Lack of sleep may adversely affect fat metabolism according to a new study

A new study highlights the problems that can lead to a lack of sleep or irregular sleep. The study, this time published in the Journal of Lipid Research, points out that food metabolism can be changed with only a few days of deprivation.

What is changed is above all the way in which fat is metabolized in food, something that can regulate satiety and therefore also weight intake. The link between lack of sleep and metabolism is not new and has already been established by several studies. Orfeu Buxton, Professor at the State University of Pennsylvania and senior author of this study, reports in the press release that other studies have already shown that there are links between higher risks of obesity (and in parallel of all related diseases, including diabetes) and the limitation of sleep in the long term.

However, most of these studies focused mostly on glucose metabolism, which in itself is the basis for diabetes itself. Few or almost none studies have evaluated the connection of sleep itself with the digestion of lipids.

The study began when Kelly Ness was a researcher at the University of Washington. The tests were performed on 15 healthy men in their 20s who spent a week sleeping very much at home. After this first phase, the participants were forced to sleep in the laboratory for 10 days and for five of these for no more than five hours per night.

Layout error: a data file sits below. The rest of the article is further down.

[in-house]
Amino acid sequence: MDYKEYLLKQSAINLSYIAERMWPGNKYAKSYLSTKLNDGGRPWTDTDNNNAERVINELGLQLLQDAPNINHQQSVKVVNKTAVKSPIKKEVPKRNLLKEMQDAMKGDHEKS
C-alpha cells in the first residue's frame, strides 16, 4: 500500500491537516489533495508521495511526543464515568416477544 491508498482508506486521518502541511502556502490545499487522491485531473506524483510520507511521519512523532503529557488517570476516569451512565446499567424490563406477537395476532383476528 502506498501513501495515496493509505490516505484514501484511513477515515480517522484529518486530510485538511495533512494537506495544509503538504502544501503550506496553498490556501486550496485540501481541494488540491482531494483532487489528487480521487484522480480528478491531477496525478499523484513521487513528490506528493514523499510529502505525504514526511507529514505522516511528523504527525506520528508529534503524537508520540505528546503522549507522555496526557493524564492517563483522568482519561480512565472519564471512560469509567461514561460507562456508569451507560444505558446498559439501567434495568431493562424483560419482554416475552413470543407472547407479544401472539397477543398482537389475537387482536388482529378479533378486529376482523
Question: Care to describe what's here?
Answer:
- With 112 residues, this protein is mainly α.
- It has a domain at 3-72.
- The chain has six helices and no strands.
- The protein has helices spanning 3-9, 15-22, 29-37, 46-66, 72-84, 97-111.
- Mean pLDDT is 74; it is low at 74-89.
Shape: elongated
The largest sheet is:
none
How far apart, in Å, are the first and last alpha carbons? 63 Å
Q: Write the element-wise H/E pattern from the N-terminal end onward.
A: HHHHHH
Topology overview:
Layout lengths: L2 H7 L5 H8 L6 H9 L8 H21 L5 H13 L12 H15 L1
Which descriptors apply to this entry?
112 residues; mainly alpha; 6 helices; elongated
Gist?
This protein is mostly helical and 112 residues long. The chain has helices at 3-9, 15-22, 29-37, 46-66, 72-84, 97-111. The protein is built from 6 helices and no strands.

The same researchers worked hard to keep them awake and to provoke the state of prolonged irregular sleep. After nights of sleep restriction, the researchers offered the participants fat-rich dinners, and the participants themselves showed a greater appreciation of these meals than when they ate the same restful meal.

By analyzing the blood samples, the researcher found that the same restriction of sleep affected the lipid response. In essence, the body found it more difficult to metabolize the fats that more easily accumulated and prepared people to fatten.

It was a study in itself imperfect and still limited in terms of variety of participants but still suggests the importance of sleep for human metabolism.